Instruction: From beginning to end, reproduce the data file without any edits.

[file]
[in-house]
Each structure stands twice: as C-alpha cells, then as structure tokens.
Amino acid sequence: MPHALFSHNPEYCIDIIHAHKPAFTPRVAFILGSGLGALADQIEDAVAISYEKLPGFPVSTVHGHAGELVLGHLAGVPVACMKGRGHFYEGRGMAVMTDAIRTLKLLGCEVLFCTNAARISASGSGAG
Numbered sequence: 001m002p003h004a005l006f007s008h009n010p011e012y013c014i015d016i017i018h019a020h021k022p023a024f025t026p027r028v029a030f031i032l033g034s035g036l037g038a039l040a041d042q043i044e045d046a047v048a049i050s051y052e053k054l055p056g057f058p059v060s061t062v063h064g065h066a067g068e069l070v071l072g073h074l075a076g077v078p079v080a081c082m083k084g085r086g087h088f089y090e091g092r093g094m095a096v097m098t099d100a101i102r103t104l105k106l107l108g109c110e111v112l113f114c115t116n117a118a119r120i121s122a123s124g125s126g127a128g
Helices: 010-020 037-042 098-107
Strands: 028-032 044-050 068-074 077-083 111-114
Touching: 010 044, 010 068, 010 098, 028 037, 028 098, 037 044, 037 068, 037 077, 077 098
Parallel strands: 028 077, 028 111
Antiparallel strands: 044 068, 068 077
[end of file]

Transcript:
[in-house]
Each structure stands twice: as C-alpha cells, then as structure tokens.
Amino acid sequence: MPHALFSHNPEYCIDIIHAHKPAFTPRVAFILGSGLGALADQIEDAVAISYEKLPGFPVSTVHGHAGELVLGHLAGVPVACMKGRGHFYEGRGMAVMTDAIRTLKLLGCEVLFCTNAARISASGSGAG
Numbered sequence: 001m002p003h004a005l006f007s008h009n010p011e012y013c014i015d016i017i018h019a020h021k022p023a024f025t026p027r028v029a030f031i032l033g034s035g036l037g038a039l040a041d042q043i044e045d046a047v048a049i050s051y052e053k054l055p056g057f058p059v060s061t062v063h064g065h066a067g068e069l070v071l072g073h074l075a076g077v078p079v080a081c082m083k084g085r086g087h088f089y090e091g092r093g094m095a096v097m098t099d100a101i102r103t104l105k106l107l108g109c110e111v112l113f114c115t116n117a118a119r120i121s122a123s124g125s126g127a128g
Helices: 010-020 037-042 098-107
Strands: 028-032 044-050 068-074 077-083 111-114
Touching: 010 044, 010 068, 010 098, 028 037, 028 098, 037 044, 037 068, 037 077, 077 098
Parallel strands: 028 077, 028 111
Antiparallel strands: 044 068, 068 077